The term used to describe property or assets that are pledged as security against a loan is collateral. A secured loan is backed by property in the possession of the borrower.
The use of collateral is important to the lending institution, since it gives them the ability to foreclose on a home, or repossess a car. Collateral reduces the risk of the loan, and results in lower interest rates passed on to consumers.
For example, a mortgage is a secured loan that uses the home itself as collateral. In the same way, writers of car loans use the car as collateral. If the borrower stops payment on their mortgage, home equity loan, or car loan, the foreclosed home or repossessed car can be sold. The proceeds from that sale can then be used to repay the remaining principal or outstanding balance, on the loan.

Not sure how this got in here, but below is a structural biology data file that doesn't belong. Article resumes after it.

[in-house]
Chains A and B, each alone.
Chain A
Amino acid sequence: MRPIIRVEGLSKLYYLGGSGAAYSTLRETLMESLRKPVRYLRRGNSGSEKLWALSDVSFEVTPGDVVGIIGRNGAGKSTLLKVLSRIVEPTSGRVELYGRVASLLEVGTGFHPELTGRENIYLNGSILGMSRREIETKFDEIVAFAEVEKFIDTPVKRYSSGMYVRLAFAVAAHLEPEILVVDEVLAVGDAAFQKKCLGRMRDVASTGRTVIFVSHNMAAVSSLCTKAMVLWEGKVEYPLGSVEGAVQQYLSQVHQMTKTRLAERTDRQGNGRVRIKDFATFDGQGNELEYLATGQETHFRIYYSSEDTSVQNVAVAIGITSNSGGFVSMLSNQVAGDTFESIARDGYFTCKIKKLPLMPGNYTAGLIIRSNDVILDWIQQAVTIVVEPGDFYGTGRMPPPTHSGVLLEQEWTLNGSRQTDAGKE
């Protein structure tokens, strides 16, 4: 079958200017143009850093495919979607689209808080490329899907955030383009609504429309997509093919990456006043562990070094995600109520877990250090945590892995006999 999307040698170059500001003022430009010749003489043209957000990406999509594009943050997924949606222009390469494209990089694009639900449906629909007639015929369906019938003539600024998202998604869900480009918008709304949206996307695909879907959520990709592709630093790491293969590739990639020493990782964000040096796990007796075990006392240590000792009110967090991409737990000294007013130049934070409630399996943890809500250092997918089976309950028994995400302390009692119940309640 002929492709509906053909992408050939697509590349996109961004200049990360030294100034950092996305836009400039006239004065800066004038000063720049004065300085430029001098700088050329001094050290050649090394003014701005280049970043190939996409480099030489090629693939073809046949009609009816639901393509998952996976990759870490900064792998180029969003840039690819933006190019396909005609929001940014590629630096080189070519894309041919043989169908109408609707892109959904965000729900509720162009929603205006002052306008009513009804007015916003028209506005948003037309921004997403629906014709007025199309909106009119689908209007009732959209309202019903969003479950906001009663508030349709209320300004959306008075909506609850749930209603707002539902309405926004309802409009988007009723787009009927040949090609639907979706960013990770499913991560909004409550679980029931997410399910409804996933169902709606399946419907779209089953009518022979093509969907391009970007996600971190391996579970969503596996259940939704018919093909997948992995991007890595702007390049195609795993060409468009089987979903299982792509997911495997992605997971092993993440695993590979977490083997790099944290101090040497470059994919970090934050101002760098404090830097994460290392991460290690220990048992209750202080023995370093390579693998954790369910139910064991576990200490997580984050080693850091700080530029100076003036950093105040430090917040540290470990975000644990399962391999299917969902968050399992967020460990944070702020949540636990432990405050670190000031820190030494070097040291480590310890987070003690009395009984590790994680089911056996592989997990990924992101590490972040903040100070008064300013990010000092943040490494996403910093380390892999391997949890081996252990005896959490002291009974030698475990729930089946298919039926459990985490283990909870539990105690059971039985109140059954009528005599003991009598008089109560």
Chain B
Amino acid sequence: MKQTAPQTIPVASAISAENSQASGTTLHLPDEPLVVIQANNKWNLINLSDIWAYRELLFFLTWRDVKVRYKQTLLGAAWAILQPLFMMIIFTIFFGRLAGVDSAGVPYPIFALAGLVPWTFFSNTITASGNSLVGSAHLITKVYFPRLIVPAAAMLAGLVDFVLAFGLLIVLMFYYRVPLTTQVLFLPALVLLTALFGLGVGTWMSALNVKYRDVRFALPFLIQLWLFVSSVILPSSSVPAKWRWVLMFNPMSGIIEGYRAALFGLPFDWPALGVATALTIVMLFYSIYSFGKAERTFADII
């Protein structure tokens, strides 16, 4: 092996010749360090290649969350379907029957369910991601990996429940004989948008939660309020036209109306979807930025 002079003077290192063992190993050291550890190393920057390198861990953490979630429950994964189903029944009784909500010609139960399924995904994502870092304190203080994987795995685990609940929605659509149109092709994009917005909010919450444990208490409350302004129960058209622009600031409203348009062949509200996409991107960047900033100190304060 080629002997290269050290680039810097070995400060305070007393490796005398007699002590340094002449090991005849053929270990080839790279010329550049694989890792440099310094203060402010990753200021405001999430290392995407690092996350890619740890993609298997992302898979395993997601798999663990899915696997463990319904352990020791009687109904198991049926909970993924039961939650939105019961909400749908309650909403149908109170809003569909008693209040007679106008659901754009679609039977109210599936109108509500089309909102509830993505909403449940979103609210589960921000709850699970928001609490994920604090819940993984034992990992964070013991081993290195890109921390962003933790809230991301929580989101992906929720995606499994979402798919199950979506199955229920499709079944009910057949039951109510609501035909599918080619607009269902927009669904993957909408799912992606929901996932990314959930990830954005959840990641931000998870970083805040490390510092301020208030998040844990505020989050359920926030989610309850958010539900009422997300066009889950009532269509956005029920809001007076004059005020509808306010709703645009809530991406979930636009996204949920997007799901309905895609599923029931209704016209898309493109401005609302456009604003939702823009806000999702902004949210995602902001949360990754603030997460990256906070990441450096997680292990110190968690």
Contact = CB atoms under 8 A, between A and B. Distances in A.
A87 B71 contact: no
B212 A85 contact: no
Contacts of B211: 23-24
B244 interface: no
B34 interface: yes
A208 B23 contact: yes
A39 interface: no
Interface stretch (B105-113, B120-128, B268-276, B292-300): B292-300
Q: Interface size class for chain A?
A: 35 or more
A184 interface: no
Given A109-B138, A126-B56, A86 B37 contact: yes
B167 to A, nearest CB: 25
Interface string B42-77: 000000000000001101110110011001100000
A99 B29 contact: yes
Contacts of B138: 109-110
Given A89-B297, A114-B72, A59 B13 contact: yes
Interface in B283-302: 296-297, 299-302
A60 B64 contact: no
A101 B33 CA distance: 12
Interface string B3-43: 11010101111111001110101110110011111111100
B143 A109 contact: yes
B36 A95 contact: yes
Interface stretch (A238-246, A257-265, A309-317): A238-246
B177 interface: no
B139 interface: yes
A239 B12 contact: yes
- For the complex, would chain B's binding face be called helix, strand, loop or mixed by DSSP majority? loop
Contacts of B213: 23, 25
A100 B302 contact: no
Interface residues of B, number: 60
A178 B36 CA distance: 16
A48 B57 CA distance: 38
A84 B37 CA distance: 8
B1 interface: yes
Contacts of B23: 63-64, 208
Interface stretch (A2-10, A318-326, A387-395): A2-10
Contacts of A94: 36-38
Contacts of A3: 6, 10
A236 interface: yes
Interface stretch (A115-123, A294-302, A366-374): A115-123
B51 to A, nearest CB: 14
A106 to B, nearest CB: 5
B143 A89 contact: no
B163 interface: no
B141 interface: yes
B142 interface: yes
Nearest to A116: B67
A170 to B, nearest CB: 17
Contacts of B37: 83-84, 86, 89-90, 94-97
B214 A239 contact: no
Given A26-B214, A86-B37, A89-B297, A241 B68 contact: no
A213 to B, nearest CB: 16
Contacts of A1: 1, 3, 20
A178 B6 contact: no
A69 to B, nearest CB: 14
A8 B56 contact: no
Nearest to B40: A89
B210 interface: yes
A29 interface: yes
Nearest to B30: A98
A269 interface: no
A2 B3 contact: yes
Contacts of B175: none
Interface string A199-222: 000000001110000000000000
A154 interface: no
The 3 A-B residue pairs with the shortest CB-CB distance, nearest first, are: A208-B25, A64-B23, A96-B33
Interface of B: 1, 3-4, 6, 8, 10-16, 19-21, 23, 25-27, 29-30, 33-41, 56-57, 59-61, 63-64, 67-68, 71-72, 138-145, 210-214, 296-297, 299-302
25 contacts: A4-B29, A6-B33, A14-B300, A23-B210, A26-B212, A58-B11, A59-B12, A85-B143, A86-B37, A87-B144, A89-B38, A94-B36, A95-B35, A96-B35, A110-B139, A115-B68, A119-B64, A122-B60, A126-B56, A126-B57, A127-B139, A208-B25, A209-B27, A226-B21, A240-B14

Unsecured loans, such as credit card debt and student loans, do not involve collateral. Repayment of borrowed money is less certain; therefore interest payments will be higher than secured loans.